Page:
Did Tony Blair really fear triumph for the Three Lions at Euro 96 would increase John Major’s survival chances? Would more Scots have shaken them up by backing devolution in 1979 if Ally’s Army had returned from the Argentine clutching a gleaming Jules Rimet trophy as Andy Cameron promised they would?
The jury’s out on the transformational effect of sporting triumph beyond bar takings, so who knows if a business or political boost will follow an England victory in tomorrow night’s European nations final, but there’s no shortage of speculation that it will.
Chancellor Rishi Sunak has said he expects a consumer confidence bounce from the tournament ─ he’ll be hoping so after the UK’s distinctly unbouncy 0.8 per cent GDP growth in June ─ and we’ve even had the Alba Party’s Christopher McEleny, more for the publicity opportunity than serious political analysis, claiming victory for the Auld Enemy will boost support for independence.
Sales of Italy shirts might outstrip England merchandise in Scottish stores, but it’s safe to say no-one is talking about a Euro feel-good factor to kick-start the Covid-stricken economy up here.
Neither is there much expectation of an immediate boost for Scottish business of any kind, but there is plenty of talk about the need for one, and it was with an unmistakeable overtone of exasperation that a 60-strong group of major East of Scotland institutions this week promoted their “Prospectus for Growth” pamphlet which outlines their proposals for economic revival in and around Edinburgh.
Under the banner of the Edinburgh Business Resilience Group (EBRG) and chaired by the former Scottish & Southern Energy chief executive Ian Marchant, nearly all the big employers are represented, with the notable exception of the company formerly known as Standard Life, now under its ridiculous new Countdown moniker Abrdn.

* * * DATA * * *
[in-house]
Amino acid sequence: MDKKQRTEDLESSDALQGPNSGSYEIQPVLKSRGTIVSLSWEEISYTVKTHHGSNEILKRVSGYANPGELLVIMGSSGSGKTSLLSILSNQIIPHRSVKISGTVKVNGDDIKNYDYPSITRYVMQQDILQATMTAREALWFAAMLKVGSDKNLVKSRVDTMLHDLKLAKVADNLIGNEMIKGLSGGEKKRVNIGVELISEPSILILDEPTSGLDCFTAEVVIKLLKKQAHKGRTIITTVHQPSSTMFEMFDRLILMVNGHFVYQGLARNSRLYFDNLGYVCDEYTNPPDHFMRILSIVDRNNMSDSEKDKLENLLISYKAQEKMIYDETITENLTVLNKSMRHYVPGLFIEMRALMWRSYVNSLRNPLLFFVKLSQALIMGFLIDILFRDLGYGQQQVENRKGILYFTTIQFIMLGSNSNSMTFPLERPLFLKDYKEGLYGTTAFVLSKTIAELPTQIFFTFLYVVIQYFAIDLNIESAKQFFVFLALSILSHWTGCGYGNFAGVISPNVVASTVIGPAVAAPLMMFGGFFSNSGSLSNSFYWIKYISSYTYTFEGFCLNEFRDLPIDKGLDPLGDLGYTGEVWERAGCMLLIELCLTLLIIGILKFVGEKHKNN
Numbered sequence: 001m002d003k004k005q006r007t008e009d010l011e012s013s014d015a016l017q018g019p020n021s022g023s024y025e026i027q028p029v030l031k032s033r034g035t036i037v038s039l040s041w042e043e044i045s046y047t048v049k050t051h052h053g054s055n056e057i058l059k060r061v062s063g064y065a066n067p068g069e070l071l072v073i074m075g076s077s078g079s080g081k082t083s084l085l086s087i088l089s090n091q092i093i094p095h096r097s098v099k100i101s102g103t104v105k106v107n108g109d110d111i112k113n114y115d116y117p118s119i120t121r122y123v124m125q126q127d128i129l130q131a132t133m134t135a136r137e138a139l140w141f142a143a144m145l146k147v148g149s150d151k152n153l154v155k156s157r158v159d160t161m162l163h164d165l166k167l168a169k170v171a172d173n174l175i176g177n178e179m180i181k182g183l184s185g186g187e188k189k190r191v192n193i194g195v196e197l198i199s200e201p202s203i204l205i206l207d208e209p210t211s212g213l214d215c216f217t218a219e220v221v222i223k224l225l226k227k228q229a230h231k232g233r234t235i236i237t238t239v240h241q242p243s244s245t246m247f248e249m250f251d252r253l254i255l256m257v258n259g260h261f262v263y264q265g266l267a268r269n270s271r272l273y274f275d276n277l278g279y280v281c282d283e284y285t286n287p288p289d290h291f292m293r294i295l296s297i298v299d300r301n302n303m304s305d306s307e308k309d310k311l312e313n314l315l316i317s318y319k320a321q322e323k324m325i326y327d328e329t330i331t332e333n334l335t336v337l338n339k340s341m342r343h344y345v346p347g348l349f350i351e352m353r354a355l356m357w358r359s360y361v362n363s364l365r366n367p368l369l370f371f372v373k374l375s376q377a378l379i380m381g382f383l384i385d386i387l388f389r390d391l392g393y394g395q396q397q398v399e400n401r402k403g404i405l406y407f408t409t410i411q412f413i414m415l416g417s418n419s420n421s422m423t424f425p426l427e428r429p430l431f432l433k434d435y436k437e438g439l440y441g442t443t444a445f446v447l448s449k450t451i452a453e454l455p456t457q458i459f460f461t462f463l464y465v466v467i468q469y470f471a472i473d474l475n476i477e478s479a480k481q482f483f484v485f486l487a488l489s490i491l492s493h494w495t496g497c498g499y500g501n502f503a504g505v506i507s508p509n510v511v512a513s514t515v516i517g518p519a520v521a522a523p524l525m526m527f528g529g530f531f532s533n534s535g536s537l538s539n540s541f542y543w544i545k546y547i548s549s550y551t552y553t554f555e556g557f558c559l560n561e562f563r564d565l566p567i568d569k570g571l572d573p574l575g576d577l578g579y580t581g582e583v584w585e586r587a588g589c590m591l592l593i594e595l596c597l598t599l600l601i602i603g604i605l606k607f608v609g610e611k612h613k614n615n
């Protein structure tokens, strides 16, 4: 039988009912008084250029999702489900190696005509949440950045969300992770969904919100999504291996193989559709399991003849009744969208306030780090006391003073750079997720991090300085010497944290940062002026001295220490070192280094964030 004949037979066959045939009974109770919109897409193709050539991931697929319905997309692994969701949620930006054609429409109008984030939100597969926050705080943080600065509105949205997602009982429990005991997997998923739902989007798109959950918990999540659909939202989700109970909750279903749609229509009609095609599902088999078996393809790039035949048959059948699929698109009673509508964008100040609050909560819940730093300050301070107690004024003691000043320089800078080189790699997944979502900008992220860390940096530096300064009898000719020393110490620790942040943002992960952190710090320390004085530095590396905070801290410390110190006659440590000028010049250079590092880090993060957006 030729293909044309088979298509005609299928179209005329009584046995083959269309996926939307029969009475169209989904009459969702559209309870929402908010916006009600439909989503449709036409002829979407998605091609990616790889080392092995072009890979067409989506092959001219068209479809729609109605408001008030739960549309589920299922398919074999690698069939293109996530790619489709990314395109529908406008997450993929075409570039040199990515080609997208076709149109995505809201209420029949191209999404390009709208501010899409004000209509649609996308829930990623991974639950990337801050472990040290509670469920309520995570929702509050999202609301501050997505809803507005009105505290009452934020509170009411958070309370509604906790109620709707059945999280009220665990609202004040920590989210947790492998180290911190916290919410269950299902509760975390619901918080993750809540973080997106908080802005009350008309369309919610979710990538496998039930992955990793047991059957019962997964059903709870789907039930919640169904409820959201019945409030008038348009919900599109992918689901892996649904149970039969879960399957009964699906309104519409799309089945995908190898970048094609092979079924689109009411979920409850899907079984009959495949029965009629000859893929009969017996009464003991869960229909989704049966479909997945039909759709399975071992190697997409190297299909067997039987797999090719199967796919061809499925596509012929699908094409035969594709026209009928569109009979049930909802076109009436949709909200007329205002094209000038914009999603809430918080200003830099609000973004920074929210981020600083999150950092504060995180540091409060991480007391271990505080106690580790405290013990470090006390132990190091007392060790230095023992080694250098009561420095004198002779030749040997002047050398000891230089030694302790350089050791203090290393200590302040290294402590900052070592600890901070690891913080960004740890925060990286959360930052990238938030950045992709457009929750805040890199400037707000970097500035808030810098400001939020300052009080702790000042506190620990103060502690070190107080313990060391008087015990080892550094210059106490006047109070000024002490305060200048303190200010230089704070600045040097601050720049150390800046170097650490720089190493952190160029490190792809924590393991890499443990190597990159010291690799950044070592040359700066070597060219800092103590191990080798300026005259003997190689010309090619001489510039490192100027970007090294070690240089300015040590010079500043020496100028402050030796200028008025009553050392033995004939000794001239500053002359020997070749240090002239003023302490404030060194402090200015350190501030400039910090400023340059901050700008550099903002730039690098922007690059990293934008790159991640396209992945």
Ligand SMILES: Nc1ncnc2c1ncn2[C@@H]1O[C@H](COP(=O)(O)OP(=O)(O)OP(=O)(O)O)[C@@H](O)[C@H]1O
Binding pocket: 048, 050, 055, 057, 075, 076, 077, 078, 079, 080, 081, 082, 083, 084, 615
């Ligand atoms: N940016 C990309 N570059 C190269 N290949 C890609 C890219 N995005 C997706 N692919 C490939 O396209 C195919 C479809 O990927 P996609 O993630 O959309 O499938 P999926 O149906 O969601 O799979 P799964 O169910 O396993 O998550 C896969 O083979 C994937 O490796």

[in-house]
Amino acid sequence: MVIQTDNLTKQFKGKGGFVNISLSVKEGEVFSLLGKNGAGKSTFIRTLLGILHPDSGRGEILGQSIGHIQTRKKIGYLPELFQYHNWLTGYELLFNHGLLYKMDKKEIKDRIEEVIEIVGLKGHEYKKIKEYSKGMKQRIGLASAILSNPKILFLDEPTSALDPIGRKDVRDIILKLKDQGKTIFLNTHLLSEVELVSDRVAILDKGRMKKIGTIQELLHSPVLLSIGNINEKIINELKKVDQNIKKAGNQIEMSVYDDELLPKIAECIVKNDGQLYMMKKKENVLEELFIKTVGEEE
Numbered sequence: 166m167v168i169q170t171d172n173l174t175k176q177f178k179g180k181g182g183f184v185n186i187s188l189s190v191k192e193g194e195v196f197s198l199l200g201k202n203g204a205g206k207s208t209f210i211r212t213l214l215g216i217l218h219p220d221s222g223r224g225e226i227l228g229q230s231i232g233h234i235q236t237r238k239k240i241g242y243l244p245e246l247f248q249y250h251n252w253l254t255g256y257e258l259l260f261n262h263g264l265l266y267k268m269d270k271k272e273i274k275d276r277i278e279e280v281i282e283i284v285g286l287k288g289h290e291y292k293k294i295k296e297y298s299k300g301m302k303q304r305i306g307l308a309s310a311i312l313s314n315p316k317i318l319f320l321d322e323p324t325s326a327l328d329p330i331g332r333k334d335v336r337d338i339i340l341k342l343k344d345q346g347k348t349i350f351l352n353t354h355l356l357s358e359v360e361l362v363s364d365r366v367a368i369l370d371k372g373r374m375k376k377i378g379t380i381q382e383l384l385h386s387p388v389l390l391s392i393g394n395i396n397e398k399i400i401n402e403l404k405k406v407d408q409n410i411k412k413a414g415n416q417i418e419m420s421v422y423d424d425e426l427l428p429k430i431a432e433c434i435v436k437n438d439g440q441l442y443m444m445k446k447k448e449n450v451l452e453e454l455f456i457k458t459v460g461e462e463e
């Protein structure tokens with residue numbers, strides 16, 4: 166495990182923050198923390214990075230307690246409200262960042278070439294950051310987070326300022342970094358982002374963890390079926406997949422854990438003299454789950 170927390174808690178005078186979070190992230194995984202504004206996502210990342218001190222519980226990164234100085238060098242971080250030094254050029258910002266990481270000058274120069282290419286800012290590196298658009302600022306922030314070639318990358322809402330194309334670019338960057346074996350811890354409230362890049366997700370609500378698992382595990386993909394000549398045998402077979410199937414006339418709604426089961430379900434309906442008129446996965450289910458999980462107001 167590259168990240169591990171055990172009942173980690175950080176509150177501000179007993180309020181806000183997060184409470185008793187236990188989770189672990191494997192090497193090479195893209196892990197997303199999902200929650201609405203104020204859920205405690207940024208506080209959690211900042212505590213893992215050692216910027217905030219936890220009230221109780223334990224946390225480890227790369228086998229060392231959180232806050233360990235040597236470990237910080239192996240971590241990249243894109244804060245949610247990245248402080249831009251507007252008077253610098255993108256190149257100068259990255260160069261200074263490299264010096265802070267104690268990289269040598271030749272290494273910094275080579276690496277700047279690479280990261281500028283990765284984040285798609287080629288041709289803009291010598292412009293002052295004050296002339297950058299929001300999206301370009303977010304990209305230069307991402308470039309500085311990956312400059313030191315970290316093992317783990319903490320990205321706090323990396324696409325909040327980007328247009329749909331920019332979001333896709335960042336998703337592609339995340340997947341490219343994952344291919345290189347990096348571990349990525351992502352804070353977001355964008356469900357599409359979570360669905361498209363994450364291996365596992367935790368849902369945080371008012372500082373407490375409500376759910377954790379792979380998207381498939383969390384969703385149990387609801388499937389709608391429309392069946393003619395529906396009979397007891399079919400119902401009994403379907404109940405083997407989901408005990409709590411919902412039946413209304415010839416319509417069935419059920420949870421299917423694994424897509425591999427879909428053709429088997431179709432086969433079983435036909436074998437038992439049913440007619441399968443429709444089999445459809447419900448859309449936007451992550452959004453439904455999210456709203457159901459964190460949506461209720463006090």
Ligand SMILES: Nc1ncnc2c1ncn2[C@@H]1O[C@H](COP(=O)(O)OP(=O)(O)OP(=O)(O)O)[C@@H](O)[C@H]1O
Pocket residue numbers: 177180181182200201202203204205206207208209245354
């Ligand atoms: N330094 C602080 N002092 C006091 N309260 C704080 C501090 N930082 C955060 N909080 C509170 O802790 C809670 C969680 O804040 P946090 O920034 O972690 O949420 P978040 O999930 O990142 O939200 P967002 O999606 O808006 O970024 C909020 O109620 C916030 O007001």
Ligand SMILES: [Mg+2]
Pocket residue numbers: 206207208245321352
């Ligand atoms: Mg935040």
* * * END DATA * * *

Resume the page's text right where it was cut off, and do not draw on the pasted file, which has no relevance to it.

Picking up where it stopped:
Their manifesto identifies five priorities, but three of them relate to improving leadership and communication and the central theme is the relationship between politicians and the capital’s business community needs to be “reset”. In other words, it’s broken.
Such is the urgency with which the situation is regarded that the group has already secured a meeting with Kate Forbes. And while agreeing so readily to meet reflects the weight of an organisation which represents significant public, private and voluntary organisations, it is also a sign that the Finance Secretary recognises there is a problem.
There is no shortage of critics of the Scottish Government’s industrial strategies ─ an investment bank which doesn’t invest, the nationalisation of bust operations, ferries which never float ─ but in Edinburgh dismay tends to focus on the city council’s ruling SNP-Labour coalition which has at best paid lip-service to wealth creation because of its pre-Covid belief that growth brought problems and was something to be controlled.